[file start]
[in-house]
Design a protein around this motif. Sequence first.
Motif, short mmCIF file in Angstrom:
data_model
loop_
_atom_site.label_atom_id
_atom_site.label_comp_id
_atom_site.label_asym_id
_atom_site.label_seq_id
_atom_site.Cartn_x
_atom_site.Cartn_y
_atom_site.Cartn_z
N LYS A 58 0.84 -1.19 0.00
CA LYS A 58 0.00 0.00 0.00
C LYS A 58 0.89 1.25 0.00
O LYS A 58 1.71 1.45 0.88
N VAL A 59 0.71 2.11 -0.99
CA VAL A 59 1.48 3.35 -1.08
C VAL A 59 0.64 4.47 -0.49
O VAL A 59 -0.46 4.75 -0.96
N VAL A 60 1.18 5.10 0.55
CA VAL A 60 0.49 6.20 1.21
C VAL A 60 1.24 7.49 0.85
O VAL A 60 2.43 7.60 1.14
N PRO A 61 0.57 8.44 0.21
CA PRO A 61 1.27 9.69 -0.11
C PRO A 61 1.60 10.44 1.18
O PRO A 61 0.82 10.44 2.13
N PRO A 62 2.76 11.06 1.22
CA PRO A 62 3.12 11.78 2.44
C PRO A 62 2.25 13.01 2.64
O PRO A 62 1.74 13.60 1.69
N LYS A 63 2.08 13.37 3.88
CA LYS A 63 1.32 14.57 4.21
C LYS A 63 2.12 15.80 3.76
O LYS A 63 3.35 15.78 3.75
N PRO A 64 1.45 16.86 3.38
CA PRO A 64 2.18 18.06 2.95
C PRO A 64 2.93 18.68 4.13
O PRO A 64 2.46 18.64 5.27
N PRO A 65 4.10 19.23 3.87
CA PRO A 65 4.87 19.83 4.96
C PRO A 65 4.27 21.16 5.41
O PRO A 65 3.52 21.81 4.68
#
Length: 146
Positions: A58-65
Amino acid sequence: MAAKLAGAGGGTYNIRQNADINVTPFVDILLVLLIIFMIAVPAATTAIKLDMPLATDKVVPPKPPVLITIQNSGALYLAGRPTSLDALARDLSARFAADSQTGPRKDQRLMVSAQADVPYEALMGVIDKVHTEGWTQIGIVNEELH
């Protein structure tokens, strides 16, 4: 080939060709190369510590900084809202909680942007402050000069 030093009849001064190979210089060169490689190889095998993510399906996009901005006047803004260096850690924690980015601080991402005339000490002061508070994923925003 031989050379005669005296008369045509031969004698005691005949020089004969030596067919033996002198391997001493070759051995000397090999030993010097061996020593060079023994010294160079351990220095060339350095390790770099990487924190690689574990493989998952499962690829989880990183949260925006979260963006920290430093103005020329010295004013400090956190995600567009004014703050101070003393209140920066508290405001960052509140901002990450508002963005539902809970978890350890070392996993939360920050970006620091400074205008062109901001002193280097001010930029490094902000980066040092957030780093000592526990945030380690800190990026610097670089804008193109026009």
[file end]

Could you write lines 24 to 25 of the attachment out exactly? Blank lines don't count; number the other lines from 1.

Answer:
O VAL A 60 2.43 7.60 1.14
N PRO A 61 0.57 8.44 0.21